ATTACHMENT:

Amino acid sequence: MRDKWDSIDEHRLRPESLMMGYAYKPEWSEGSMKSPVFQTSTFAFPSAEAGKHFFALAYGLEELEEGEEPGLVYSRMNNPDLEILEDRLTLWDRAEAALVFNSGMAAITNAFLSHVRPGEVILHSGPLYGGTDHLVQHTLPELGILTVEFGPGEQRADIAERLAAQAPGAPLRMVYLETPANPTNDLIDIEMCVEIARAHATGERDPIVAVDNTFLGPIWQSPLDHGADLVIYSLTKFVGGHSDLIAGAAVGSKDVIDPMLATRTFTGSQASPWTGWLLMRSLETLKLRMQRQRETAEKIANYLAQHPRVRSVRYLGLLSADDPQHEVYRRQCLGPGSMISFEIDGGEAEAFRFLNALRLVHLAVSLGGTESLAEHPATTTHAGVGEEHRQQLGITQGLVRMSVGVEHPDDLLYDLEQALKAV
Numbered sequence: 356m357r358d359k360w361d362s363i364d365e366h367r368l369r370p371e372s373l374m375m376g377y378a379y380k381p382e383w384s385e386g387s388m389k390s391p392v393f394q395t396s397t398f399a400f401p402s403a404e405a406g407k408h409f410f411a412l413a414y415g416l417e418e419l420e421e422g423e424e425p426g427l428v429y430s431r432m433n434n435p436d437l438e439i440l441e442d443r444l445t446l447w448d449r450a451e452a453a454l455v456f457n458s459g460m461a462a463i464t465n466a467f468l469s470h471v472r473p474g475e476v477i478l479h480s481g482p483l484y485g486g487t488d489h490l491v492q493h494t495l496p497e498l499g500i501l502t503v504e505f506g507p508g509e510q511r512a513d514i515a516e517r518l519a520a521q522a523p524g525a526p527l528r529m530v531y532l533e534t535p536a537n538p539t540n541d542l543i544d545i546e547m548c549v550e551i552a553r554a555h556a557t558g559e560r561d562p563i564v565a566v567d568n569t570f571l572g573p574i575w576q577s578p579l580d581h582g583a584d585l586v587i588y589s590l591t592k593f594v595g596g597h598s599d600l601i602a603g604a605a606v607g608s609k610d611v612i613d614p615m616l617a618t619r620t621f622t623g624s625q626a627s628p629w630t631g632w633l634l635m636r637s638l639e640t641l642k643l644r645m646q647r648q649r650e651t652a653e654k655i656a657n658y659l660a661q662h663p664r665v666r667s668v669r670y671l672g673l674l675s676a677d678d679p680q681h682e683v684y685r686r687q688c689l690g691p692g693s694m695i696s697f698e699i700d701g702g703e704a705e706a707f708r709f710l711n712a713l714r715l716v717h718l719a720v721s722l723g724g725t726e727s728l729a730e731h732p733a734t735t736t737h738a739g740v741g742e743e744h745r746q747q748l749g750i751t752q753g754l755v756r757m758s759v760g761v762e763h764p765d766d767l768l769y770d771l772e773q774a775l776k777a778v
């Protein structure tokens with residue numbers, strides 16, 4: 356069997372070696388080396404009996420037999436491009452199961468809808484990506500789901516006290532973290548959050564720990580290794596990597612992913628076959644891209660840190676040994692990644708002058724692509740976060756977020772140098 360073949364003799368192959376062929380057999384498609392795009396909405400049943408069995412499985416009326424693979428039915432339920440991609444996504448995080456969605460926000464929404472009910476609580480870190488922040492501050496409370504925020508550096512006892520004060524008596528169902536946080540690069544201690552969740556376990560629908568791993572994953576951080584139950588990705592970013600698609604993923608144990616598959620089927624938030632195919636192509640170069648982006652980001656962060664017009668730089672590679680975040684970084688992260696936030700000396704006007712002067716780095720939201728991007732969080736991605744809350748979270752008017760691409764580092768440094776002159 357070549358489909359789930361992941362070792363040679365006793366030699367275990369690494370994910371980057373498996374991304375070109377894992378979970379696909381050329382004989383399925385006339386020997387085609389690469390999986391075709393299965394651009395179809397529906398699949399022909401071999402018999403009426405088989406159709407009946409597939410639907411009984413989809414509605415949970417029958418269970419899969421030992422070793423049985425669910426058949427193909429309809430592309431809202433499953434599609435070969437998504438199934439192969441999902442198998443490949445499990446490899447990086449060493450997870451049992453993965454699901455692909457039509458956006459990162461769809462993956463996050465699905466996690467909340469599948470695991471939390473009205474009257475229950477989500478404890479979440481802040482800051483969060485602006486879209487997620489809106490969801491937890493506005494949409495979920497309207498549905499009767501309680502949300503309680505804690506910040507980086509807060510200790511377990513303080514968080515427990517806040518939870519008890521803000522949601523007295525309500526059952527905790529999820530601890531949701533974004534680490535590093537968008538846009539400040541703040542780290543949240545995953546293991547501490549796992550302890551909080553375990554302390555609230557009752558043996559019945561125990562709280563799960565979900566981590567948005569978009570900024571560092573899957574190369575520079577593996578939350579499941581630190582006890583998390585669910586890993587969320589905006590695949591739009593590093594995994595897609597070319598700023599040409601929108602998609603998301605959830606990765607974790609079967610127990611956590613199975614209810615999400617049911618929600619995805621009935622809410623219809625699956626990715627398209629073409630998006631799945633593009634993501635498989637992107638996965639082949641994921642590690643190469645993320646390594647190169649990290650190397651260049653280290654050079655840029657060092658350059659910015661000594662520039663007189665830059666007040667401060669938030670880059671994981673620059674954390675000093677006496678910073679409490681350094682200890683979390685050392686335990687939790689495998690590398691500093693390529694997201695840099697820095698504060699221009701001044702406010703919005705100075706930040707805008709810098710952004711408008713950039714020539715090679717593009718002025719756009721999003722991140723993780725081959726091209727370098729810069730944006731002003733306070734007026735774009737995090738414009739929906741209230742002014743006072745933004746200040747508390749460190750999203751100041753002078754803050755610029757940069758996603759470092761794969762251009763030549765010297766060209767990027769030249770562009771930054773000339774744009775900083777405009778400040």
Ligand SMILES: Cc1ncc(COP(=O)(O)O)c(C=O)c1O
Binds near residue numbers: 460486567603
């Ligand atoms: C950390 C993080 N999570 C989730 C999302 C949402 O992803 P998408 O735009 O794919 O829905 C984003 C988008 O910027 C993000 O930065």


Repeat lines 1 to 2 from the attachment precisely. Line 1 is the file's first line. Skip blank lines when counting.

Amino acid sequence: MRDKWDSIDEHRLRPESLMMGYAYKPEWSEGSMKSPVFQTSTFAFPSAEAGKHFFALAYGLEELEEGEEPGLVYSRMNNPDLEILEDRLTLWDRAEAALVFNSGMAAITNAFLSHVRPGEVILHSGPLYGGTDHLVQHTLPELGILTVEFGPGEQRADIAERLAAQAPGAPLRMVYLETPANPTNDLIDIEMCVEIARAHATGERDPIVAVDNTFLGPIWQSPLDHGADLVIYSLTKFVGGHSDLIAGAAVGSKDVIDPMLATRTFTGSQASPWTGWLLMRSLETLKLRMQRQRETAEKIANYLAQHPRVRSVRYLGLLSADDPQHEVYRRQCLGPGSMISFEIDGGEAEAFRFLNALRLVHLAVSLGGTESLAEHPATTTHAGVGEEHRQQLGITQGLVRMSVGVEHPDDLLYDLEQALKAV
Numbered sequence: 356m357r358d359k360w361d362s363i364d365e366h367r368l369r370p371e372s373l374m375m376g377y378a379y380k381p382e383w384s385e386g387s388m389k390s391p392v393f394q395t396s397t398f399a400f401p402s403a404e405a406g407k408h409f410f411a412l413a414y415g416l417e418e419l420e421e422g423e424e425p426g427l428v429y430s431r432m433n434n435p436d437l438e439i440l441e442d443r444l445t446l447w448d449r450a451e452a453a454l455v456f457n458s459g460m461a462a463i464t465n466a467f468l469s470h471v472r473p474g475e476v477i478l479h480s481g482p483l484y485g486g487t488d489h490l491v492q493h494t495l496p497e498l499g500i501l502t503v504e505f506g507p508g509e510q511r512a513d514i515a516e517r518l519a520a521q522a523p524g525a526p527l528r529m530v531y532l533e534t535p536a537n538p539t540n541d542l543i544d545i546e547m548c549v550e551i552a553r554a555h556a557t558g559e560r561d562p563i564v565a566v567d568n569t570f571l572g573p574i575w576q577s578p579l580d581h582g583a584d585l586v587i588y589s590l591t592k593f594v595g596g597h598s599d600l601i602a603g604a605a606v607g608s609k610d611v612i613d614p615m616l617a618t619r620t621f622t623g624s625q626a627s628p629w630t631g632w633l634l635m636r637s638l639e640t641l642k643l644r645m646q647r648q649r650e651t652a653e654k655i656a657n658y659l660a661q662h663p664r665v666r667s668v669r670y671l672g673l674l675s676a677d678d679p680q681h682e683v684y685r686r687q688c689l690g691p692g693s694m695i696s697f698e699i700d701g702g703e704a705e706a707f708r709f710l711n712a713l714r715l716v717h718l719a720v721s722l723g724g725t726e727s728l729a730e731h732p733a734t735t736t737h738a739g740v741g742e743e744h745r746q747q748l749g750i751t752q753g754l755v756r757m758s759v760g761v762e763h764p765d766d767l768l769y770d771l772e773q774a775l776k777a778v